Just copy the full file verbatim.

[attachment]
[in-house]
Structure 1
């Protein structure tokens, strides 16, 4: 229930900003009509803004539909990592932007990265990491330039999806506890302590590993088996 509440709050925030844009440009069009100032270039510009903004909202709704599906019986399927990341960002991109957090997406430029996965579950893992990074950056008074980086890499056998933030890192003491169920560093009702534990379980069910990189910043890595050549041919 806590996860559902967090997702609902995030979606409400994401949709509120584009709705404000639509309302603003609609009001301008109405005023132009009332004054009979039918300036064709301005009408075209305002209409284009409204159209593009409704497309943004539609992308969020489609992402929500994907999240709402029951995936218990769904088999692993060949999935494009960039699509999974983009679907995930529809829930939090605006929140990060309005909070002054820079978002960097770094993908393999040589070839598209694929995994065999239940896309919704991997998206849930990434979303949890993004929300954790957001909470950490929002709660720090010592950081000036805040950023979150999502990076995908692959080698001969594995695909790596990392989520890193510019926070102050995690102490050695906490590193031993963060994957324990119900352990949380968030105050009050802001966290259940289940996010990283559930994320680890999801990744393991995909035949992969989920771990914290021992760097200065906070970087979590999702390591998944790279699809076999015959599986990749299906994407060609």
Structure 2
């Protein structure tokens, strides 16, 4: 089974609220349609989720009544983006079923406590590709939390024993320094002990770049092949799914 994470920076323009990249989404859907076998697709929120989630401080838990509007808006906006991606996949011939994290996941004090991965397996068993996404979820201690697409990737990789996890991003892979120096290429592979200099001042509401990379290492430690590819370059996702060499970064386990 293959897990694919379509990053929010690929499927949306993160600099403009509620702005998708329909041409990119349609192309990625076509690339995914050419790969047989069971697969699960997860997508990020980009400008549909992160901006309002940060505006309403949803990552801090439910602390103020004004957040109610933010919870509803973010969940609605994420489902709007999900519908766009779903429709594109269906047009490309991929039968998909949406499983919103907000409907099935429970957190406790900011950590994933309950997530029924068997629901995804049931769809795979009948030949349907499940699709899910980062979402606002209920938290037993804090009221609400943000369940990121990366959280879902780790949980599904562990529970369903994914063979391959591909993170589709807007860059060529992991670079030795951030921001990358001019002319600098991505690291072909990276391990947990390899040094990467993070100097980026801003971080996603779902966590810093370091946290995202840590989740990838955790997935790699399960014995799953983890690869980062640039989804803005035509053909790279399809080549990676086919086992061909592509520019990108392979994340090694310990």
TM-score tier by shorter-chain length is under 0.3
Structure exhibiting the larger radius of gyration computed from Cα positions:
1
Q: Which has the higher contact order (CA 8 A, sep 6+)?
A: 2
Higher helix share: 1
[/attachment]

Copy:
[in-house]
Structure 1
């Protein structure tokens, strides 16, 4: 229930900003009509803004539909990592932007990265990491330039999806506890302590590993088996 509440709050925030844009440009069009100032270039510009903004909202709704599906019986399927990341960002991109957090997406430029996965579950893992990074950056008074980086890499056998933030890192003491169920560093009702534990379980069910990189910043890595050549041919 806590996860559902967090997702609902995030979606409400994401949709509120584009709705404000639509309302603003609609009001301008109405005023132009009332004054009979039918300036064709301005009408075209305002209409284009409204159209593009409704497309943004539609992308969020489609992402929500994907999240709402029951995936218990769904088999692993060949999935494009960039699509999974983009679907995930529809829930939090605006929140990060309005909070002054820079978002960097770094993908393999040589070839598209694929995994065999239940896309919704991997998206849930990434979303949890993004929300954790957001909470950490929002709660720090010592950081000036805040950023979150999502990076995908692959080698001969594995695909790596990392989520890193510019926070102050995690102490050695906490590193031993963060994957324990119900352990949380968030105050009050802001966290259940289940996010990283559930994320680890999801990744393991995909035949992969989920771990914290021992760097200065906070970087979590999702390591998944790279699809076999015959599986990749299906994407060609």
Structure 2
């Protein structure tokens, strides 16, 4: 089974609220349609989720009544983006079923406590590709939390024993320094002990770049092949799914 994470920076323009990249989404859907076998697709929120989630401080838990509007808006906006991606996949011939994290996941004090991965397996068993996404979820201690697409990737990789996890991003892979120096290429592979200099001042509401990379290492430690590819370059996702060499970064386990 293959897990694919379509990053929010690929499927949306993160600099403009509620702005998708329909041409990119349609192309990625076509690339995914050419790969047989069971697969699960997860997508990020980009400008549909992160901006309002940060505006309403949803990552801090439910602390103020004004957040109610933010919870509803973010969940609605994420489902709007999900519908766009779903429709594109269906047009490309991929039968998909949406499983919103907000409907099935429970957190406790900011950590994933309950997530029924068997629901995804049931769809795979009948030949349907499940699709899910980062979402606002209920938290037993804090009221609400943000369940990121990366959280879902780790949980599904562990529970369903994914063979391959591909993170589709807007860059060529992991670079030795951030921001990358001019002319600098991505690291072909990276391990947990390899040094990467993070100097980026801003971080996603779902966590810093370091946290995202840590989740990838955790997935790699399960014995799953983890690869980062640039989804803005035509053909790279399809080549990676086919086992061909592509520019990108392979994340090694310990």
TM-score tier by shorter-chain length is under 0.3
Structure exhibiting the larger radius of gyration computed from Cα positions:
1
Q: Which has the higher contact order (CA 8 A, sep 6+)?
A: 2
Higher helix share: 1